Striving for the perfect patient room – a consultative process

In closely scrutinizing the setup of a patient room, a look at one thing leads to another, says Peterborough Regional Health Centre (PRHC’s) new hospital equipment and furniture planner.

In preparing for the purchase of equipment and furniture for PRHC’s new hospital, that planner, Loree Stephens is consulting with staff members to find out what the best possible patient room really looks like. She recognizes that the ideal setup will make the patient care team’s job easier and more effective.

“Though it’s a lengthier process than I had expected it to be, I think it’s time well spent,” says Stephens, who, along with Bonnie Tully, purchasing associate, has worked to set up a “model” patient room in one of the close-to-complete areas of the new hospital.

Scheduled to open in spring 2008, the new PRHC will be a 494-bed, 715,000 square-foot facility. The new hospital will allow for the consolidation of the two hospital sites in the city, will house 124 more beds, and allow the expansion of programs and services. The new hospital is now more than 85 per cent complete.

The “model” patient room is a semi-private – typical of those in medical, surgical, Complex Continuing Care, Palliative and Rehabilitation areas. The new hospital planning team’s intention is to standardize the ideal setup and apply it in all of those areas.

This standardization, explains Stephens, is safer, promotes best practices and allows staff members to be familiar with setup regardless of where they are working in the hospital. Lastly, it makes purchasing for the new hospital more manageable, more efficient and more effective.

Staff members from most areas of nursing, housekeeping, infection control, materials management and pharmacy have provided input on the “model,” as well as on the arrangement of a clean utility room, which will also be replicated throughout the new hospital. In the patient room, staff members have had their say on everything from the placement of the patient wardrobes to the arrangement of headwall accessories.

“The response from the staff has been very positive,” says Stephens, adding that when staff members are invited back to see their suggestions implemented they are especially excited. “Aside from creating the optimum setup, and taking advantage of an opportunity for consultation, I think we are saving money. For example, we’re not investing in devices that the nurses won’t use.”

An example of such a saving, is a blood pressure cuff and a monometer that were initially intended to be headwall accessories. Nurses said the ergonomic setup wasn’t suitable and indicated that they would prefer to use a portable vital signs monitor. So Tully, in co-operation with a couple of vendors, has devised a “clean” station that will attach to the portable monitor, allowing it to be easily cleaned and disinfected after each use.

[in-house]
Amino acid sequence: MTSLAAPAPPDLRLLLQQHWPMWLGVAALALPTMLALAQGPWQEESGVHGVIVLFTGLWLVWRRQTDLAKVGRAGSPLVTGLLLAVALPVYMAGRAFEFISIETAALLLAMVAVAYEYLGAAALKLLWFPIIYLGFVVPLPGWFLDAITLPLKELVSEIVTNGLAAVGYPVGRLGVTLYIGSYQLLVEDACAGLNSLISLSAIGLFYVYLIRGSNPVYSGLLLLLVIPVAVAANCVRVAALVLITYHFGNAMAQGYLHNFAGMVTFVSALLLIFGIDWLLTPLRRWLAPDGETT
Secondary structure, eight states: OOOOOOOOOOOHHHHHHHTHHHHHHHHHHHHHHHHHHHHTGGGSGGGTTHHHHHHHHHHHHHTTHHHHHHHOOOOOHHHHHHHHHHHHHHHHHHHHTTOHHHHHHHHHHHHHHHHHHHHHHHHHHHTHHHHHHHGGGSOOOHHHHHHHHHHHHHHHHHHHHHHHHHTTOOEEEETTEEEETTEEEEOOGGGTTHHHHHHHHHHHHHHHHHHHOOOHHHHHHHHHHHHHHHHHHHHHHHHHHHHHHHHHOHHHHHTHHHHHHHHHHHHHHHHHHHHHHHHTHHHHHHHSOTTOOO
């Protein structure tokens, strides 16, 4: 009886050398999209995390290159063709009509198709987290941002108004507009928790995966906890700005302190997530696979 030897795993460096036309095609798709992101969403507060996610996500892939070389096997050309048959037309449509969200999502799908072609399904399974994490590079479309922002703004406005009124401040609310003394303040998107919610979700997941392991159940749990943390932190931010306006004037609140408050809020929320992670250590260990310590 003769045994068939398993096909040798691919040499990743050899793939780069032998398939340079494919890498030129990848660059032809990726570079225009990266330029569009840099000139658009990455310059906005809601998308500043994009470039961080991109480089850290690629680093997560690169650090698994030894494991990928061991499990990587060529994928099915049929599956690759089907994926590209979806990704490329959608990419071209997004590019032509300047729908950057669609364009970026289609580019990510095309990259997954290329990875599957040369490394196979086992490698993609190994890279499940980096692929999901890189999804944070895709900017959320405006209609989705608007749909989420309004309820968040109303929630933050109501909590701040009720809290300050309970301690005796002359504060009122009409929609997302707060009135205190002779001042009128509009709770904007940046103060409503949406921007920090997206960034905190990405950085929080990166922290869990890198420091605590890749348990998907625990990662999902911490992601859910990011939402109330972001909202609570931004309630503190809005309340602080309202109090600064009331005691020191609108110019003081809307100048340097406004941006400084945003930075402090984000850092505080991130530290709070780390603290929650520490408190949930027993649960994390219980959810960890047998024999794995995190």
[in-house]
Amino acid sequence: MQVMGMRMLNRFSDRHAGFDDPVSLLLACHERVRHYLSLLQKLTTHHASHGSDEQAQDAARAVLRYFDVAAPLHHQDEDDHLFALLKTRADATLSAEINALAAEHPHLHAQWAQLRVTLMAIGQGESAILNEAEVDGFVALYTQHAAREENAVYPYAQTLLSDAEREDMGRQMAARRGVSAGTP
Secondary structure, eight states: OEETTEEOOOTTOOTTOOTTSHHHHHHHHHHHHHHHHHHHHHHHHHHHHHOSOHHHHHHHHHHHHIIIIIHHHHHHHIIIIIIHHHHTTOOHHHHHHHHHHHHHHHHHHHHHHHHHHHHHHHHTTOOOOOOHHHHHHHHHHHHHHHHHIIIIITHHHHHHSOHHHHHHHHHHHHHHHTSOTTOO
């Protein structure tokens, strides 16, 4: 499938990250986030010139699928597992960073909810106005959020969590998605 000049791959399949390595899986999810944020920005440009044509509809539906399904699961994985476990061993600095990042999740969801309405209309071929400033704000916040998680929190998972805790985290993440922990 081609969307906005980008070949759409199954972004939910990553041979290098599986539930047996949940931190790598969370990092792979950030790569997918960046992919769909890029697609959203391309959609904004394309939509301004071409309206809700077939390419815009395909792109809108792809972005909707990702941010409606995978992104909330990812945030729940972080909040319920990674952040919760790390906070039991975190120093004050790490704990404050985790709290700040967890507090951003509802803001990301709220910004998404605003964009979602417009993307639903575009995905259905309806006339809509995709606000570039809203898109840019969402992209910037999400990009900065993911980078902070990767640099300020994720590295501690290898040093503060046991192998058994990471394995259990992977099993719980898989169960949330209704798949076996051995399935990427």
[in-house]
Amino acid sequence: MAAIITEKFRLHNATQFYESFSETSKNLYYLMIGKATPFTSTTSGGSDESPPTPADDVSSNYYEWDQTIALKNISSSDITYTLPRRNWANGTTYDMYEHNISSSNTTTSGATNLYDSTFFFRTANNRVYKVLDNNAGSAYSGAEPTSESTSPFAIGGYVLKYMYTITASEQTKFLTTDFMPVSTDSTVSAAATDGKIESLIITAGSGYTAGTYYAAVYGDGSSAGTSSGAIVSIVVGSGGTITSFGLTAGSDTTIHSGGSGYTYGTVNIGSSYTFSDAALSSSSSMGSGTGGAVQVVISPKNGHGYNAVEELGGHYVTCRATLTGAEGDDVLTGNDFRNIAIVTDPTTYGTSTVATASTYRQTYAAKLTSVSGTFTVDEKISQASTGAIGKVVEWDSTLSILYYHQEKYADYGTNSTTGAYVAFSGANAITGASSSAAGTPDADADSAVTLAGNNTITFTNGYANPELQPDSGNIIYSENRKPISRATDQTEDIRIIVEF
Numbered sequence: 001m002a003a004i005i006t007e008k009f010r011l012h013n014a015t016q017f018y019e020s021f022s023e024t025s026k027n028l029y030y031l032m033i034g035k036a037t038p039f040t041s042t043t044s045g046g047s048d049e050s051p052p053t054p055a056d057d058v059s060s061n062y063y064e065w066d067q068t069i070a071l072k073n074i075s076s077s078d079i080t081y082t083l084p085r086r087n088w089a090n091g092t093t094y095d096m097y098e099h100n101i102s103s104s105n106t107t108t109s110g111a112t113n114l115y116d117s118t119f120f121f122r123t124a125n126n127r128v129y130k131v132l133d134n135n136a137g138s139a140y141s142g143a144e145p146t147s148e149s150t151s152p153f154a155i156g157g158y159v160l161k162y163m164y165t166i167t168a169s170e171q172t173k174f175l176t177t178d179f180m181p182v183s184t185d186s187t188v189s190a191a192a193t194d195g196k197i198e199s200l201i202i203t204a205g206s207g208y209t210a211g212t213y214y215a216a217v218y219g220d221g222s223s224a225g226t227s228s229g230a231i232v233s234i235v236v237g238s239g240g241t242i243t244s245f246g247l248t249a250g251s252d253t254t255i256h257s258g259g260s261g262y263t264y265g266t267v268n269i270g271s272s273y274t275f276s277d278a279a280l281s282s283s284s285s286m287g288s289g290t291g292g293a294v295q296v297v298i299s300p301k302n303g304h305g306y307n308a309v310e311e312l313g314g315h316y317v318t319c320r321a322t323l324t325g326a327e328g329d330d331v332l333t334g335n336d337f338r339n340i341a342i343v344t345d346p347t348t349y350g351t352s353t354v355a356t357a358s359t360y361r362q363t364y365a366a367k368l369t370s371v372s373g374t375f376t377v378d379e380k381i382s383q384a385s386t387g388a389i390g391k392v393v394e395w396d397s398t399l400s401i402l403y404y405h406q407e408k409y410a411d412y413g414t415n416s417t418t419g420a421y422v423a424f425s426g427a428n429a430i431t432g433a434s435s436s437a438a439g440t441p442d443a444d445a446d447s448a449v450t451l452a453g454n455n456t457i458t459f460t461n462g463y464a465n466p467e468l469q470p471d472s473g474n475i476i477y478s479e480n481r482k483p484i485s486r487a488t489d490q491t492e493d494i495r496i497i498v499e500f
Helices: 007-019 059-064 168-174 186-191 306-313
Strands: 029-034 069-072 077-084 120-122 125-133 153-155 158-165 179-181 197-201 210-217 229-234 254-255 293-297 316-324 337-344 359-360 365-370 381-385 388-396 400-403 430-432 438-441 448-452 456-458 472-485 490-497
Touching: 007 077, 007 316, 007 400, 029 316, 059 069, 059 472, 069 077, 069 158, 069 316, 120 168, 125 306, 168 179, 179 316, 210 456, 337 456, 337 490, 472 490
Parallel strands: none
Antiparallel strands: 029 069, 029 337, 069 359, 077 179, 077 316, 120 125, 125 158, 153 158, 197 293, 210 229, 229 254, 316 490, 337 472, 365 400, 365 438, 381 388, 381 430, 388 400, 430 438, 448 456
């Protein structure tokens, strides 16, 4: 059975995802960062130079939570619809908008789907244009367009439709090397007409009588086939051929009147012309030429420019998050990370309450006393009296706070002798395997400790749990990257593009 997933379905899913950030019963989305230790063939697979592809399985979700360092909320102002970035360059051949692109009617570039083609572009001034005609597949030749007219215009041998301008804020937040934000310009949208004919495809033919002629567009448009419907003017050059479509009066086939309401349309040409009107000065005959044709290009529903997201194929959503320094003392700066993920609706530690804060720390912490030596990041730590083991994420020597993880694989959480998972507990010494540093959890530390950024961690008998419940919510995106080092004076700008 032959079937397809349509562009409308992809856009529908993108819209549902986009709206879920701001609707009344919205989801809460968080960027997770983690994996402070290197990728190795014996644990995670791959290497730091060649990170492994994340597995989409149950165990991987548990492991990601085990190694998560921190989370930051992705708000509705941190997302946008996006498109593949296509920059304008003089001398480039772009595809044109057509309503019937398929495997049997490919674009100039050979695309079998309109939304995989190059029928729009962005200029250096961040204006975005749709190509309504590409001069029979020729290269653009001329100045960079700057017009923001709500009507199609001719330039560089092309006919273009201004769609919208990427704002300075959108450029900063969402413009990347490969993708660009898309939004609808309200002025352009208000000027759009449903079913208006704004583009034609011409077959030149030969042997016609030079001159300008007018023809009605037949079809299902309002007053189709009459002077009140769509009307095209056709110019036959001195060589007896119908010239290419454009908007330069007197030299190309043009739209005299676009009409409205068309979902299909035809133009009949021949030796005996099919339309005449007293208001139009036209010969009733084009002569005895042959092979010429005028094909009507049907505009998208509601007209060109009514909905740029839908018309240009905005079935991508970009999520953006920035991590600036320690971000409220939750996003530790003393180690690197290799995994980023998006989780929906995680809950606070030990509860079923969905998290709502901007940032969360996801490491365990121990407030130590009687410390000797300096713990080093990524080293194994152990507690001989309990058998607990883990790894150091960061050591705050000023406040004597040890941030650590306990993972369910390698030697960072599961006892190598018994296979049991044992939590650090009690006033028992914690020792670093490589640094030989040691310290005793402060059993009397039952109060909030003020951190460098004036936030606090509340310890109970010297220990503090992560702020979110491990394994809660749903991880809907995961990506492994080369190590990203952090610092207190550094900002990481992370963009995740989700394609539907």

When nurses are in the room, they visualize themselves at work, says Stephens, adding that something as simple as bringing in an IV pole into the room allowed the team to see that it slightly impeded access to the headwall. As such, a change was made.

“It’s good to talk about how things will fit into the room, and how we will work in the room,” says Suzanne Shaughnessy, an RN from one of PRHC’s surgical units that has been involved in this most recent round of consultation. The staff members have looked at everything – right down to the importance of the second hand on the clock, she adds.

Also as a result of the consultation, every patient bed space will have an accompanying cluster of accessories for clinicians to use. On the wall, there will be a small tabletop that staff members will be able to fold down with one hand. To one side of the table, will be a sharps container and to the other, alcohol hand rinse in a pump. This cluster of accessories sees everything at-hand – a place for clinicians to chart, set and mix medications, dispose of used needless and wash their hands.

“The staff loves it,” says Stephens, adding this cluster of accessories will be positioned close to the bedside, and will be dedicated to clinical use.

“Thanks to the participation of staff members who provided their ideas, we have found a solution that accommodates all needs; and thus, improved patient care,” says Tully.

This most recent round of staff consultation is the continuation of a commitment that the new hospital planning team made early on. “We are building a new hospital for our community. And we want our staff members to be able to provide the very best patient care possible, so it only made sense to find out what they wanted early on in the planning process,” says Tom Holden, Vice President, Planning. “In essence, we’re asking the experts. Our staff members know what they need to do their jobs to the very best of their abilities and we want to do all we can to provide those things.”